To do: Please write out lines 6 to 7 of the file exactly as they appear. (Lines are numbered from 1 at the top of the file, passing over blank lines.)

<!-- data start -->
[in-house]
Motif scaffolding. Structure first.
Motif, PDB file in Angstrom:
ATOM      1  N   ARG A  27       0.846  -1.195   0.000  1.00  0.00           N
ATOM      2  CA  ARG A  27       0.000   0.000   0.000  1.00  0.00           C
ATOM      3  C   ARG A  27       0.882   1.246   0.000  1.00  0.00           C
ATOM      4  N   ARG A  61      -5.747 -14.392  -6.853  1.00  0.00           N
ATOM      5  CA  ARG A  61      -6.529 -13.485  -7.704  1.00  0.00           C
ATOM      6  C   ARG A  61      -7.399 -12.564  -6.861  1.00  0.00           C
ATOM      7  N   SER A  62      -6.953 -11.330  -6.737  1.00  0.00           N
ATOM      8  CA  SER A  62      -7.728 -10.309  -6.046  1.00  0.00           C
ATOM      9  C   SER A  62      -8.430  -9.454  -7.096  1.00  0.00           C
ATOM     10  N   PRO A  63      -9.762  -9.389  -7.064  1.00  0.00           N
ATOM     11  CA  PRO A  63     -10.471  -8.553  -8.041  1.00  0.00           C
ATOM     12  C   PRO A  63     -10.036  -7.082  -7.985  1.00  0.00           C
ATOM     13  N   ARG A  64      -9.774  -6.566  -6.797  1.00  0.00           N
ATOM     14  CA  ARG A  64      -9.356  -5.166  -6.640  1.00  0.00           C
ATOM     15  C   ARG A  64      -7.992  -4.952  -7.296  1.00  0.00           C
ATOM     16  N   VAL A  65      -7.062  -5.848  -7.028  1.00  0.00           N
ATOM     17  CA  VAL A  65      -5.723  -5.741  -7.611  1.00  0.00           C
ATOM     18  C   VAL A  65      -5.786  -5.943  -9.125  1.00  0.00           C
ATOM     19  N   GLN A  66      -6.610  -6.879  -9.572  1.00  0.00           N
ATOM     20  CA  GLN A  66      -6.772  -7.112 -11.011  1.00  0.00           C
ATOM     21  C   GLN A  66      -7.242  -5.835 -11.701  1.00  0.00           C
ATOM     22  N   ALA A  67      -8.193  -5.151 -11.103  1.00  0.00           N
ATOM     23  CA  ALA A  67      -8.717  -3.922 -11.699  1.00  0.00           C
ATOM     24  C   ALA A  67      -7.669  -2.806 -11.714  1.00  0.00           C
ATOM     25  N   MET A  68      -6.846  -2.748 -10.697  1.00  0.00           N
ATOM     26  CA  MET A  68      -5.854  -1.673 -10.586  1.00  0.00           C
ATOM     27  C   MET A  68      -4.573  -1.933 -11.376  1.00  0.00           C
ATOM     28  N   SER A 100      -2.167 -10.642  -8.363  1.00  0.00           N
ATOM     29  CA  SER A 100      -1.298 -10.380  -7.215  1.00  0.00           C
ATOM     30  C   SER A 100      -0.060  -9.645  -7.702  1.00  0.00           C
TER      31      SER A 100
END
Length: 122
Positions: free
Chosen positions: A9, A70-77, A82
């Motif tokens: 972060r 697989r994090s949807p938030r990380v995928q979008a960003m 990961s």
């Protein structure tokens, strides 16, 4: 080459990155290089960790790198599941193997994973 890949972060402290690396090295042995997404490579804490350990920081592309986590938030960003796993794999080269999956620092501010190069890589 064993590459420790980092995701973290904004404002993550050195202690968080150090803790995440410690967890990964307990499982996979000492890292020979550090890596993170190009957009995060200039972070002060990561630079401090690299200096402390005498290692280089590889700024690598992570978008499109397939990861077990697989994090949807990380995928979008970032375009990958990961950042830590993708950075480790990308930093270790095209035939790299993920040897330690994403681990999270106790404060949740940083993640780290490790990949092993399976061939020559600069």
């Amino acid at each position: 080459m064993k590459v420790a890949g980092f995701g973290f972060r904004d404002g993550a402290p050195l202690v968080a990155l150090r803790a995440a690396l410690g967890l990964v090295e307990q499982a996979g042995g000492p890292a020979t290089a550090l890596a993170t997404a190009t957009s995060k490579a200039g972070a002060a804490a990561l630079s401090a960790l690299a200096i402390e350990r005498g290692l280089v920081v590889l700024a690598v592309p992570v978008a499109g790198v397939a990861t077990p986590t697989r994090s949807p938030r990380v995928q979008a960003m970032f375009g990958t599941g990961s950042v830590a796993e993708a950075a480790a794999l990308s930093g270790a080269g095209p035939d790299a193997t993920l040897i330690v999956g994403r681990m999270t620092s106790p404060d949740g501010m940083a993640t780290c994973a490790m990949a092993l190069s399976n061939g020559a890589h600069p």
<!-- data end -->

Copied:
ATOM      3  C   ARG A  27       0.882   1.246   0.000  1.00  0.00           C
ATOM      4  N   ARG A  61      -5.747 -14.392  -6.853  1.00  0.00           N